Papers of John Adams, volume 18

To Matthew Robinson-Morris

From Philip Mazzei

To John Adams from David Humphreys, 5 March 1786 Humphreys, David Adams, John
From David Humphreys
Dear Sir Paris March 5th. 1786

Colonel Smith has been so good as to take charge of a printed copy of Mr Dwight’s Poem and a letter from that gentleman to your Excellency, which I found at my return from London had been forwarded under cover to me. He is also the bearer of a manuscript copy of Mr Barlow’s Vision of Columbus together with letters from the Author and our friend Mr Trumbull on the subject of its publication.1

As you are placed in the enviable situation of being considered as the Mecænas of America2 and as I have often heard you express your wishes that the Poems in question might be published; I find it unnecessary for me to say what might otherwise have been proper with respect to these performances & the Authors of them. Indeed the Public, as well as your Excellency, is already in posession of my opinion of their poetical abilities: but I cannot conceal my anxiety that their works may be ushered into the old world under as favourable auspices as the circumstances will permit. The success or failure will operate powerfully in stimulating or extinguishing the future efforts of genius in America.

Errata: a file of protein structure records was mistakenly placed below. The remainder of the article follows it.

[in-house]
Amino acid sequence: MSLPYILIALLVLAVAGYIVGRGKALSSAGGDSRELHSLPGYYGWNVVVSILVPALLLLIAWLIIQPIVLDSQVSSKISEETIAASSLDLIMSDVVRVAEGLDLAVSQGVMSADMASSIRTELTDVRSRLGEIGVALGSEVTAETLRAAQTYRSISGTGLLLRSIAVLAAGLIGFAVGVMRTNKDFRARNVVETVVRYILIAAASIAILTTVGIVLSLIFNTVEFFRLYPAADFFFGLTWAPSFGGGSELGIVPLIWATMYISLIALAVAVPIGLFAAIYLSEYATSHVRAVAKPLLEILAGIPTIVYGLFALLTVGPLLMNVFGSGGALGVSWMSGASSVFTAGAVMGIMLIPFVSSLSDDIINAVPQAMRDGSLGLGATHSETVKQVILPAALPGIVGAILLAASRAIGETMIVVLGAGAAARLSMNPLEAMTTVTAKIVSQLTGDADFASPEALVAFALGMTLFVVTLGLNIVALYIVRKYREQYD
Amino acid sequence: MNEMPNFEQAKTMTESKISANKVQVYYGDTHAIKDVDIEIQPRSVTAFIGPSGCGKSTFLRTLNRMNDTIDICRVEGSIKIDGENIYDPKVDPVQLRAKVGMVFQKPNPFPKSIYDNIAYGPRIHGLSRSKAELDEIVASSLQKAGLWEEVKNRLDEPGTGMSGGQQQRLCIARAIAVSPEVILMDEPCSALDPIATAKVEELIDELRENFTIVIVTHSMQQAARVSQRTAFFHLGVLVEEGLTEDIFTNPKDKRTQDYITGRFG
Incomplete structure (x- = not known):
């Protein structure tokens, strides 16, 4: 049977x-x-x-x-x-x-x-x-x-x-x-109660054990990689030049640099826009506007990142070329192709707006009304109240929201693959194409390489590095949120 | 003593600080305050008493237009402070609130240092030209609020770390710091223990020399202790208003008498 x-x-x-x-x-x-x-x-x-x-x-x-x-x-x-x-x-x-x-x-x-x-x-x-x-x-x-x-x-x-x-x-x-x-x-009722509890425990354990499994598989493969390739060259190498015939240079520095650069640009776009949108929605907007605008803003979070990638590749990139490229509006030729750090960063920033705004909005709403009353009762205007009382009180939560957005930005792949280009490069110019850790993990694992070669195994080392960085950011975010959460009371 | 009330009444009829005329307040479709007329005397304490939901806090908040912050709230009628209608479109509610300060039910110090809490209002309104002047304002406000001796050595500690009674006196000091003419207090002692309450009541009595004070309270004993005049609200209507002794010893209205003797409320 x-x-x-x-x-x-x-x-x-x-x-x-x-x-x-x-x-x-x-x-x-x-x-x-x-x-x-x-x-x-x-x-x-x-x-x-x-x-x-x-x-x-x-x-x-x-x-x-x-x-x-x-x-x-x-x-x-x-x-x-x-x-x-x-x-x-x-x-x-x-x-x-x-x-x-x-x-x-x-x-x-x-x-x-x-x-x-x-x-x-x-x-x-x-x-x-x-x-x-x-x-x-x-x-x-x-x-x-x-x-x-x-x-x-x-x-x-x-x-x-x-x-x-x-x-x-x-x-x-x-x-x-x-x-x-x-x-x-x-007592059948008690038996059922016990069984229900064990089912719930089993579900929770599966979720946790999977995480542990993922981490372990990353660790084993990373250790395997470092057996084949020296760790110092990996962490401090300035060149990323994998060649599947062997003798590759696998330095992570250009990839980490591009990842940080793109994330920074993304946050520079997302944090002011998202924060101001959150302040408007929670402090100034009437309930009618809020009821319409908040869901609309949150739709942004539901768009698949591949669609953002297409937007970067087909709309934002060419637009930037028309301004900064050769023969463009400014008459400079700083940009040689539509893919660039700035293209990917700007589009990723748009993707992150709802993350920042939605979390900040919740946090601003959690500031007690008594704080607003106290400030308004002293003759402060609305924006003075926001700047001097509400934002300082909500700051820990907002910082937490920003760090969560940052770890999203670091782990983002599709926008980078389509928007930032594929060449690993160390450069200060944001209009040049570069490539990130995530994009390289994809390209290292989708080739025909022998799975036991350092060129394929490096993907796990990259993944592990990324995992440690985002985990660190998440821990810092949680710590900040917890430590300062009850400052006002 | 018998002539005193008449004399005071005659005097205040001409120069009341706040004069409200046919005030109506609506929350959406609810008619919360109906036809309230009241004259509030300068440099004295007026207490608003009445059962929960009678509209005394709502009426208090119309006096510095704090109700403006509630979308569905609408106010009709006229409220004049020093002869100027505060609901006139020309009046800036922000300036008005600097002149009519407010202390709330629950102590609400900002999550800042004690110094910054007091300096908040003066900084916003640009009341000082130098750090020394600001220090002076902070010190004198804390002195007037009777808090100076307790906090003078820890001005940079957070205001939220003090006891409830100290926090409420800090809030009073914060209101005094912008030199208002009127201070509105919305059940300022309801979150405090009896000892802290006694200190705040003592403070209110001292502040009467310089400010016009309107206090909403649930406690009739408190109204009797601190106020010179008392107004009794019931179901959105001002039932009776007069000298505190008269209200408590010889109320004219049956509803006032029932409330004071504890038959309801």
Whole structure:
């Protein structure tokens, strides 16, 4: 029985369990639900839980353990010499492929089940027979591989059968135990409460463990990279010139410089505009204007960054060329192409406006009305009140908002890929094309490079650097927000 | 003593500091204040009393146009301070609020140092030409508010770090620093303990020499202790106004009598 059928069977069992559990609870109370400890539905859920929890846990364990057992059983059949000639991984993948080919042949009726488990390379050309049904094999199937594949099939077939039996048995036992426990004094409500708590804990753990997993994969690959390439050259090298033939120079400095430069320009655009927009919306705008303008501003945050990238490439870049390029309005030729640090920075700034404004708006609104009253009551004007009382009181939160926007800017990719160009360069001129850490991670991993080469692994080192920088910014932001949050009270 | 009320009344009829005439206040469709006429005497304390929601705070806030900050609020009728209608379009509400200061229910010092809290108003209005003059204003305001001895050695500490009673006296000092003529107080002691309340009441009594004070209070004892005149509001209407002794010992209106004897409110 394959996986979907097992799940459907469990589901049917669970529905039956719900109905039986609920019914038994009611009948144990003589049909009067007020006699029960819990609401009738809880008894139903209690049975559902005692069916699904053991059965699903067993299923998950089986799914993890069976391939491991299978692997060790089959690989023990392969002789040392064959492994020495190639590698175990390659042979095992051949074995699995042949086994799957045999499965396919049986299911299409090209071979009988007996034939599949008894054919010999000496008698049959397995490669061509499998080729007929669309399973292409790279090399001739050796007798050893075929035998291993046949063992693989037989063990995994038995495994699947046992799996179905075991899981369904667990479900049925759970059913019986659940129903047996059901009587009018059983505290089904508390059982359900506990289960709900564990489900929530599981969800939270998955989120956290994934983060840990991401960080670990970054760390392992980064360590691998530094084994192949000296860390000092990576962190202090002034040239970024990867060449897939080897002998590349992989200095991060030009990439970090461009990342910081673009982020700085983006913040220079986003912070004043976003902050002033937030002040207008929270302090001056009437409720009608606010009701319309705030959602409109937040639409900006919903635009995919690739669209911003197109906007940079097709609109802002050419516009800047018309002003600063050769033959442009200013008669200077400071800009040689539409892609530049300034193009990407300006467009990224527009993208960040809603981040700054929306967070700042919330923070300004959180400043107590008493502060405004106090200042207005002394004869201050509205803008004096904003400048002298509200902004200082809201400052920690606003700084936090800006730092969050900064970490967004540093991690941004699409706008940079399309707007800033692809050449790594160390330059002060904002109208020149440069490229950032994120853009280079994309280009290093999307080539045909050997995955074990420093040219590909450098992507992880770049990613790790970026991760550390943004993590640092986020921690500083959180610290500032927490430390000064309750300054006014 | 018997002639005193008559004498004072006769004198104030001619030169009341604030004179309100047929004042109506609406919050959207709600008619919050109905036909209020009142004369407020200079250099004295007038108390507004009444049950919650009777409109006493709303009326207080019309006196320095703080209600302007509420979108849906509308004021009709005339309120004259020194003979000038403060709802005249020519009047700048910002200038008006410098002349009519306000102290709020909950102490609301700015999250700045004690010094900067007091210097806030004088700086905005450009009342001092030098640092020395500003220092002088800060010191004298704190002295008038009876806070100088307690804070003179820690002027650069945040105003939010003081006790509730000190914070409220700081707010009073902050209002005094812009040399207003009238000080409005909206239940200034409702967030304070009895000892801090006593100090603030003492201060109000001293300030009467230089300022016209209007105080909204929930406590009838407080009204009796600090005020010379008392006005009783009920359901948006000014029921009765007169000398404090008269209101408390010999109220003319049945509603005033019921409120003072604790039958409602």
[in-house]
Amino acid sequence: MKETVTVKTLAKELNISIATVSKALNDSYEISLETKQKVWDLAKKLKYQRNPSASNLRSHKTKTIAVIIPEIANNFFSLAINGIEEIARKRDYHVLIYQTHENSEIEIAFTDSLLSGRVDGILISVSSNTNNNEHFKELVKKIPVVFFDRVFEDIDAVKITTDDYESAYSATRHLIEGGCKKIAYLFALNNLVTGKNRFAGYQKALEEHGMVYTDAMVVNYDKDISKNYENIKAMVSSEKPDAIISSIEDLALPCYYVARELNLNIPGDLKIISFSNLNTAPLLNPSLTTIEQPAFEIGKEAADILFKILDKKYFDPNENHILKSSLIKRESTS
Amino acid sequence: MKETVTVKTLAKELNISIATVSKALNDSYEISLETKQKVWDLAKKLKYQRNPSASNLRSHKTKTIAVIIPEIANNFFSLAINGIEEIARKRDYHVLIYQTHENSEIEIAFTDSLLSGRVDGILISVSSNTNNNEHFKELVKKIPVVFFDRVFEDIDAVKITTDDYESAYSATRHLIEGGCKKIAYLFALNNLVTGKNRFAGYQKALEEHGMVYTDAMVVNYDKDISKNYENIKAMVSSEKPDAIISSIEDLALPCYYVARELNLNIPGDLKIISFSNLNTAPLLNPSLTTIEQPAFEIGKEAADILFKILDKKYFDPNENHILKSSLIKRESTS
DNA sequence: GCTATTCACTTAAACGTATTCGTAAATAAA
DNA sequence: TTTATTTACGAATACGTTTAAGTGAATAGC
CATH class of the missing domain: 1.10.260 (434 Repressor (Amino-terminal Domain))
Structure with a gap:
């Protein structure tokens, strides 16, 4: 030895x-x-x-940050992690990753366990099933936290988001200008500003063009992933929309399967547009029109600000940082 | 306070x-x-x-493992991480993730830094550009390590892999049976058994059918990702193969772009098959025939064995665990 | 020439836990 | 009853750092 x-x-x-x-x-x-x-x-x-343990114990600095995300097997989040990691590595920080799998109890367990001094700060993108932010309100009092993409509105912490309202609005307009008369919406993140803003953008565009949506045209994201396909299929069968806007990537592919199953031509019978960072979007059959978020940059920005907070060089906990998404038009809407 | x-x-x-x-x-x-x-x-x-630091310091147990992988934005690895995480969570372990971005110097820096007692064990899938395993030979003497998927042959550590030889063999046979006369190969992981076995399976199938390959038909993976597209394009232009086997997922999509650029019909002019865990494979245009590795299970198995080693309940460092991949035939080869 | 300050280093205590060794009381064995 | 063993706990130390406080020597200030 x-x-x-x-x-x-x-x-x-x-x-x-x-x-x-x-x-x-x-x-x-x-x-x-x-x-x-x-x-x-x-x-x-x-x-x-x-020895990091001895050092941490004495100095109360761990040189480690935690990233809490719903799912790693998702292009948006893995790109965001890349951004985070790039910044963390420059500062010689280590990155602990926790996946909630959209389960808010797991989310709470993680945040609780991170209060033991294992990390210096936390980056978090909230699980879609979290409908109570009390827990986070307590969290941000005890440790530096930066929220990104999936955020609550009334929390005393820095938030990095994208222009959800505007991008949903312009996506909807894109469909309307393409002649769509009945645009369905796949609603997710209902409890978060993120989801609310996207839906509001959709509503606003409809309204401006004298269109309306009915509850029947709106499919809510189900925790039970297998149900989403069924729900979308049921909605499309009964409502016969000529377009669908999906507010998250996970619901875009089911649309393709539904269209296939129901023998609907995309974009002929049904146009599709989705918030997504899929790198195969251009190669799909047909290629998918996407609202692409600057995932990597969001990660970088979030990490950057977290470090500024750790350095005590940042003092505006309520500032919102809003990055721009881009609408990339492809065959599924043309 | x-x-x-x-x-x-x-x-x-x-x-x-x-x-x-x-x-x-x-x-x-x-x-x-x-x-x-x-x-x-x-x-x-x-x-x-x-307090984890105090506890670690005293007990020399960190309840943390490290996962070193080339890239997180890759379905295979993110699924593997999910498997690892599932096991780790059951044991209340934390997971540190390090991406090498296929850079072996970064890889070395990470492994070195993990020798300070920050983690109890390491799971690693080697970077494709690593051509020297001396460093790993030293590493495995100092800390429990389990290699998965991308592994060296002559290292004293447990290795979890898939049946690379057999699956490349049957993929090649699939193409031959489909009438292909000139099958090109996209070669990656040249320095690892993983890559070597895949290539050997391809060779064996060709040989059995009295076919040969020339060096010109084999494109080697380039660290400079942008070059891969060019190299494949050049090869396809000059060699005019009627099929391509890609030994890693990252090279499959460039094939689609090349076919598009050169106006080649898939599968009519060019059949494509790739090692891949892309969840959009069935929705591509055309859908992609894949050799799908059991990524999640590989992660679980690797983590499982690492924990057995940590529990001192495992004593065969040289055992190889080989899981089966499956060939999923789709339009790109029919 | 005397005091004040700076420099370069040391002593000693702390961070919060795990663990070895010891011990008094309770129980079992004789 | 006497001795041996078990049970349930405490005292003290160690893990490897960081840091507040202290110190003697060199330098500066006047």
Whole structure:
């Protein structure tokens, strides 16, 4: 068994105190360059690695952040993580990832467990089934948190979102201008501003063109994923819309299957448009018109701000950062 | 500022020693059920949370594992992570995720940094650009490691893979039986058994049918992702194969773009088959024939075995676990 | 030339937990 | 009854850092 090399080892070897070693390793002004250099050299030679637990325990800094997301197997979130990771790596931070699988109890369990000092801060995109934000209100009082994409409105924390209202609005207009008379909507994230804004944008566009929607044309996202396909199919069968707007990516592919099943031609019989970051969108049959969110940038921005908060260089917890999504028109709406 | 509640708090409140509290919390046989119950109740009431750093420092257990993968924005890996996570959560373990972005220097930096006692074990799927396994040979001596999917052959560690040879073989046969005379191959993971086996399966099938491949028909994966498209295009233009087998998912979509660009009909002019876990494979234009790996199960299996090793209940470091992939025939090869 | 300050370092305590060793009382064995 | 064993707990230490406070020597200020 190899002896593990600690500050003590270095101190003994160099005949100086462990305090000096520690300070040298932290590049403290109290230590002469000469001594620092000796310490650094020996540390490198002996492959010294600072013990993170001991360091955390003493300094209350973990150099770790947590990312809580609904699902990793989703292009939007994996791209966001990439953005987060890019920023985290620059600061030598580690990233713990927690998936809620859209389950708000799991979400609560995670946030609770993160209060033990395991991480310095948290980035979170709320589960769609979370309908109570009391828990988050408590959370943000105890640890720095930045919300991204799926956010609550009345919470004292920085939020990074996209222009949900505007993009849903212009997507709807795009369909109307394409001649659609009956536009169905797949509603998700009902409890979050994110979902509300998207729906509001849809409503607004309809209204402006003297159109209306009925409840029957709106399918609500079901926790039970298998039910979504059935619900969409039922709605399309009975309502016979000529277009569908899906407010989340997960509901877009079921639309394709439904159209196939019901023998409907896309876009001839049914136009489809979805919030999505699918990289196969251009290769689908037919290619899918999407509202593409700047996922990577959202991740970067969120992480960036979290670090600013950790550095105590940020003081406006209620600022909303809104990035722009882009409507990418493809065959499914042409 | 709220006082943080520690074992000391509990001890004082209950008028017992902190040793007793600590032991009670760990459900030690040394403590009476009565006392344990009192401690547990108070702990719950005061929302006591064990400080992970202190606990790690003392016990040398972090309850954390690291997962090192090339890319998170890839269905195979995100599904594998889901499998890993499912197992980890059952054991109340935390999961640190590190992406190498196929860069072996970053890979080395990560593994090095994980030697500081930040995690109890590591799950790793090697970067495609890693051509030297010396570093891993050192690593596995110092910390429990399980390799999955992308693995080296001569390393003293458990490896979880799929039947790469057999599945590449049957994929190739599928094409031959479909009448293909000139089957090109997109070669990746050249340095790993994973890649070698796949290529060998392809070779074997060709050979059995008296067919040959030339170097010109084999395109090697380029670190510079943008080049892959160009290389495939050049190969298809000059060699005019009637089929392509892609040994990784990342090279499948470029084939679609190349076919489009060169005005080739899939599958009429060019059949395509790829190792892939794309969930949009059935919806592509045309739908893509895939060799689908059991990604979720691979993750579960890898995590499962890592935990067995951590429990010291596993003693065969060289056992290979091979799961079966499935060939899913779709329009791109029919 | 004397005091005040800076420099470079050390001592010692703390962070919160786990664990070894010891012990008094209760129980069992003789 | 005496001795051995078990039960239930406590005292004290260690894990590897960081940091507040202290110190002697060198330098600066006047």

While writing the above, I am honoured with the receipt of your letter of the 27th Ulto. 3 and will tomorrow make effectual arrangements for securing a passage in the April Packet for a Gentleman, Lady & Servt agreeably to your instructions.


With my best Complts to the Ladies / I have the honor to be Yr Excellencys / sincere friend & / Most devoted servt

D. Humphreys

RC (Adams Papers); internal address: “His Excellency / John Adams Esqr.


For JA’s patronage of American literary efforts, see the letters from Timothy Dwight of [ca. 8–12 Dec.] and Joel Barlow of 12 Dec. 1785, both above, and JA’s 4 April 1786 replies, both below [1] [2].


Gaius Maecenas (c. 70–8 B.C.), a Roman patron of poets, encouraged beneficiaries like Virgil and Horace to promote republican virtues in their work ( Oxford Classical Dicy. ).


Not found. In a 4 March letter to Humphreys (NjP:De Coppet Coll.), JA repeated the request to procure passage from Lorient to New York City, presumably for Boston merchant Daniel Denison Rogers and his wife, Abigail Bromfield Rogers. With Humphreys, they sailed in mid-April aboard Le Courier de L’Europe, Capt. De Sionville, and arrived on 23 May ( AFC , 7:x–xi, 101; New York Journal, 25 May).